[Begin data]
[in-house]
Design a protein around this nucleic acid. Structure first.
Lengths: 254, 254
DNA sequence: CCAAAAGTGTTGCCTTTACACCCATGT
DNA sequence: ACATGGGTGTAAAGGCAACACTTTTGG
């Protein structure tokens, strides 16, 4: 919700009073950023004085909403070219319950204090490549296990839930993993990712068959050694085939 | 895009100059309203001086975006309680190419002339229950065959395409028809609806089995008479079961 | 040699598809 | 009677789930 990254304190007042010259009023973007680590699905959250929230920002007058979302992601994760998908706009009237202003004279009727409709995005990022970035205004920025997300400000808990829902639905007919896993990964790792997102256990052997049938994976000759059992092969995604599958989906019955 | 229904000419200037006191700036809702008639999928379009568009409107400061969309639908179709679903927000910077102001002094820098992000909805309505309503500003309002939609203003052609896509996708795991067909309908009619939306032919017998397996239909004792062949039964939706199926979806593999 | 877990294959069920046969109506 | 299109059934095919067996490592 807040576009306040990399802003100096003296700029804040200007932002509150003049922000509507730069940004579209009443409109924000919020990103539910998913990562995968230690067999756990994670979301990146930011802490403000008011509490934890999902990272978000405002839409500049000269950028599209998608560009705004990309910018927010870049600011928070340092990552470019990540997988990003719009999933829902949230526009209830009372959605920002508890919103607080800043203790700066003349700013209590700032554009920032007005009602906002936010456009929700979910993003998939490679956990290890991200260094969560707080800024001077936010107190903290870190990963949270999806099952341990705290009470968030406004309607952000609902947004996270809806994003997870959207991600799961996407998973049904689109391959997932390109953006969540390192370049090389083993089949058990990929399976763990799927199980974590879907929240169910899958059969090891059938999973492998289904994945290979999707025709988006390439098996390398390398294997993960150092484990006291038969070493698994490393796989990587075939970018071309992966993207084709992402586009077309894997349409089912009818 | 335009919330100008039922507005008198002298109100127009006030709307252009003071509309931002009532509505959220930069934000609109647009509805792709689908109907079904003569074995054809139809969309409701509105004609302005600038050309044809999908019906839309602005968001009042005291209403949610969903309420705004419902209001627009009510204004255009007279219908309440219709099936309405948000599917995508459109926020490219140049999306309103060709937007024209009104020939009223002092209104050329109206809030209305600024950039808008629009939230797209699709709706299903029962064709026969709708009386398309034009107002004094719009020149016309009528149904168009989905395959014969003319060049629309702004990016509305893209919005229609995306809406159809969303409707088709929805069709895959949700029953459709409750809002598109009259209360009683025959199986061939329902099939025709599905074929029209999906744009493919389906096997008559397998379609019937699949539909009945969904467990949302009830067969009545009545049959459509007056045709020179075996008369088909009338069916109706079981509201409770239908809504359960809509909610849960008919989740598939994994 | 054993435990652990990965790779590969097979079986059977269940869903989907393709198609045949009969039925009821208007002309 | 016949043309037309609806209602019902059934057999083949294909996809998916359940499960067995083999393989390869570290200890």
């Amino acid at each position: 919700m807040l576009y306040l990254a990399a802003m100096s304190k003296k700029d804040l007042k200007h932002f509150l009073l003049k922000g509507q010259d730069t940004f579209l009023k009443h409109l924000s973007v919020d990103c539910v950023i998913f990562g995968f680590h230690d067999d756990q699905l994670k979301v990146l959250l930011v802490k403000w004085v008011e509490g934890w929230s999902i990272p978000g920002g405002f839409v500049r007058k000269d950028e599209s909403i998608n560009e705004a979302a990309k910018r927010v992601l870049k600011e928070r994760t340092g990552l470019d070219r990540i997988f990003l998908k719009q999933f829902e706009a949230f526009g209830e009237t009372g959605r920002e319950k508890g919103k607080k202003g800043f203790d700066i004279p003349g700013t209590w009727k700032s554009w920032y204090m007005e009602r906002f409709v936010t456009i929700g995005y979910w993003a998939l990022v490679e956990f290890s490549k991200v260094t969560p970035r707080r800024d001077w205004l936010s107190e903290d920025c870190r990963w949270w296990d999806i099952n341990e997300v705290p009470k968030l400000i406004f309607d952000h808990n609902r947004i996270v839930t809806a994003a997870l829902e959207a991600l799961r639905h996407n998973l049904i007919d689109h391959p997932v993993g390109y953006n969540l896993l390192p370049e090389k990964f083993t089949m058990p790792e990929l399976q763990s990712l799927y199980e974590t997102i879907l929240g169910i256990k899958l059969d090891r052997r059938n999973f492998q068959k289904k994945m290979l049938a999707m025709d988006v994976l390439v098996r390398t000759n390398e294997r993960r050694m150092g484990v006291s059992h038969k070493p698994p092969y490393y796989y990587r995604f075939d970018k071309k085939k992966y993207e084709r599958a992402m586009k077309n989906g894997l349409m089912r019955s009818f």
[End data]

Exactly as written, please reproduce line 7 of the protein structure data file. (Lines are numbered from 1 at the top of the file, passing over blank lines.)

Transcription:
């Amino acid at each position: 919700m807040l576009y306040l990254a990399a802003m100096s304190k003296k700029d804040l007042k200007h932002f509150l009073l003049k922000g509507q010259d730069t940004f579209l009023k009443h409109l924000s973007v919020d990103c539910v950023i998913f990562g995968f680590h230690d067999d756990q699905l994670k979301v990146l959250l930011v802490k403000w004085v008011e509490g934890w929230s999902i990272p978000g920002g405002f839409v500049r007058k000269d950028e599209s909403i998608n560009e705004a979302a990309k910018r927010v992601l870049k600011e928070r994760t340092g990552l470019d070219r990540i997988f990003l998908k719009q999933f829902e706009a949230f526009g209830e009237t009372g959605r920002e319950k508890g919103k607080k202003g800043f203790d700066i004279p003349g700013t209590w009727k700032s554009w920032y204090m007005e009602r906002f409709v936010t456009i929700g995005y979910w993003a998939l990022v490679e956990f290890s490549k991200v260094t969560p970035r707080r800024d001077w205004l936010s107190e903290d920025c870190r990963w949270w296990d999806i099952n341990e997300v705290p009470k968030l400000i406004f309607d952000h808990n609902r947004i996270v839930t809806a994003a997870l829902e959207a991600l799961r639905h996407n998973l049904i007919d689109h391959p997932v993993g390109y953006n969540l896993l390192p370049e090389k990964f083993t089949m058990p790792e990929l399976q763990s990712l799927y199980e974590t997102i879907l929240g169910i256990k899958l059969d090891r052997r059938n999973f492998q068959k289904k994945m290979l049938a999707m025709d988006v994976l390439v098996r390398t000759n390398e294997r993960r050694m150092g484990v006291s059992h038969k070493p698994p092969y490393y796989y990587r995604f075939d970018k071309k085939k992966y993207e084709r599958a992402m586009k077309n989906g894997l349409m089912r019955s009818f």